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Lab-Made vs. "Natural" Zeolite

Lab-made clinoptilolite zeolite is made in the laboratory under controlled conditions and with controlled composition. Mined zeolite is extracted from the earth in its natural form and is usually processed to remove attached impurities. Lab-grown zeolite can only contain the elements that are put in as part of the controlled process. Mined zeolite may contain trace amounts of many different kinds of elements. Of the 245 unique zeolite frameworks that have been identified by the International Zeolite Association Structure Commission, over 40 are naturally occurring.


Naturally occurring zeolites are rarely pure and are contaminated to varying degrees by other minerals, metals, quartz, or other zeolites. Some of these impurities are adsorbed inside the zeolite's pores, while others are an integral part of the structure. Acid treatments at high temperatures can remove many of these impurities, but as more structural atoms are extracted, the integrity of the zeolite framework becomes compromised, and the essential toxin-binding cages begin to collapse. At this point, the zeolite becomes increasingly less effective as regions inside the structure become blocked. In other words, increasing purity is balanced by decreasing function, and it is difficult to completely purify a naturally occurring zeolite from all its impurities and still retain full potency.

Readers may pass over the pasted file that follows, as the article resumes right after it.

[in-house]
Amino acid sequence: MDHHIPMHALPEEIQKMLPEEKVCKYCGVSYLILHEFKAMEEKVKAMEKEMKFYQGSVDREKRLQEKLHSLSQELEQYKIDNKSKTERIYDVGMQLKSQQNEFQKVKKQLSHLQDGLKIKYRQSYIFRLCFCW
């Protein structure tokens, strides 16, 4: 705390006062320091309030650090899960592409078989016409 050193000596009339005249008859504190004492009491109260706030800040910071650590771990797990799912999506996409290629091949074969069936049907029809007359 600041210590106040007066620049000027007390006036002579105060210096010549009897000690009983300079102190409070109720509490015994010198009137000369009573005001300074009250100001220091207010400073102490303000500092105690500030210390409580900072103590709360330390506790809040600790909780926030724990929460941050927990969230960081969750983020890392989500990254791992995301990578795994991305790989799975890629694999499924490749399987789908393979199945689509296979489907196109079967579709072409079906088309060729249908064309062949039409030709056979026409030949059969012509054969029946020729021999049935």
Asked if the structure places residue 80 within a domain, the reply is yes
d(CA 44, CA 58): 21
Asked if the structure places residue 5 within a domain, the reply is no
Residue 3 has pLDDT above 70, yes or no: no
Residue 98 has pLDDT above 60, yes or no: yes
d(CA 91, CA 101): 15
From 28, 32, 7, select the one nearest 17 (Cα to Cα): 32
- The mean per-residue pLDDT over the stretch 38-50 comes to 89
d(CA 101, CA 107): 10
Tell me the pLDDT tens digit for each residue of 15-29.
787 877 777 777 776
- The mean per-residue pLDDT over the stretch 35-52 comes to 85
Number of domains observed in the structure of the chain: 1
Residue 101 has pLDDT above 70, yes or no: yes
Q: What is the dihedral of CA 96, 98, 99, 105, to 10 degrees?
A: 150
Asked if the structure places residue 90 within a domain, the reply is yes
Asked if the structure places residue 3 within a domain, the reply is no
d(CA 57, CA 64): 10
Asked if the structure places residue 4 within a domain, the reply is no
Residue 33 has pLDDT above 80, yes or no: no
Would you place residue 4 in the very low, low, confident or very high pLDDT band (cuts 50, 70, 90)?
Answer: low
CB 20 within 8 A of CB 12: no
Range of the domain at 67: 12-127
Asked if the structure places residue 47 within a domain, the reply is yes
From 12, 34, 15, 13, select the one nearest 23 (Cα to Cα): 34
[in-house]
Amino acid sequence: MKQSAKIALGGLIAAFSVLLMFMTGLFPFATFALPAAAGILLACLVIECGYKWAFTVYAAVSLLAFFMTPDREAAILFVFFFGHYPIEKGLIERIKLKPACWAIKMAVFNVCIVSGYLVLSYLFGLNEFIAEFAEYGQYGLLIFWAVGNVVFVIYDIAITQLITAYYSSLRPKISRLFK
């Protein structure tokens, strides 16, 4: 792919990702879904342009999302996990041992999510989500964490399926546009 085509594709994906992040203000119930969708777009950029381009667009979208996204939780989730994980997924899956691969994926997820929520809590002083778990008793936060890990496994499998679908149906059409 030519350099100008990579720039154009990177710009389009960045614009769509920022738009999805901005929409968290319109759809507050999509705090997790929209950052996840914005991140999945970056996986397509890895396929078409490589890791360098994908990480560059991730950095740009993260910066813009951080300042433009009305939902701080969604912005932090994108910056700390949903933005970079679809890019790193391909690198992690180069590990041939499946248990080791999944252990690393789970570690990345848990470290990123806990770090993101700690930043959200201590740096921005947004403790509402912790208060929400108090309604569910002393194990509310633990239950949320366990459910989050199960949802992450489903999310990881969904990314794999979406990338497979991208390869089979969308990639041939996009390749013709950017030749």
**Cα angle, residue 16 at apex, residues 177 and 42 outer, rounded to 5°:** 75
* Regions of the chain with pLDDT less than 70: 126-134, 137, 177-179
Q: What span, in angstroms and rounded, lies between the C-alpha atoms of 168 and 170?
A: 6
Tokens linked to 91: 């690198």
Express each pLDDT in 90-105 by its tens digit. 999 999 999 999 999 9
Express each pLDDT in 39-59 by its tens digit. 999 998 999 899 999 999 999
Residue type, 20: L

There are no such things as "different-sized zeolite molecules': The clinoptilolite zeolite in Advanced TRS is not a molecule of zeolite; it is a cluster of multiple Zeolite (Clinoptilolite) cages that together form an object that is only nanometers large. It is not possible to create a structural formula for a specific particle size; instead, structural formulas are created on the basis of the zeolite's unit cell, the minimum size repeating unit. This formula is the same regardless of particle size.


The crystal structure of Clinoptilolite has large 12-ring pores; the effective pore size of the zeolite excludes molecules larger than ~0.9 nm. Because of its wide use in agriculture and industry, Clinoptilolite has been named the mineral of the 21st century by The International Mineralogical Association. Clinoptilolite has been used with

success in animal feed at less than 2% by weight and for the purpose of an anti-caking flow agent.


To produce pure, lab-made Clinoptilolite, silica, alumina, and alkali sources with an initial Si/Al ratio from 3.0 to 5.0 are heated in an autoclave for 1-10 days at a temperature range from 120 to 195 °C. The Clinoptilolite begins to assemble in tiny crystals, whose crystallization rate and crystallinity are controlled by seeding and manipulating the reaction conditions. Instead of direct heat, microwave, ultrasound and high pressure may be used.




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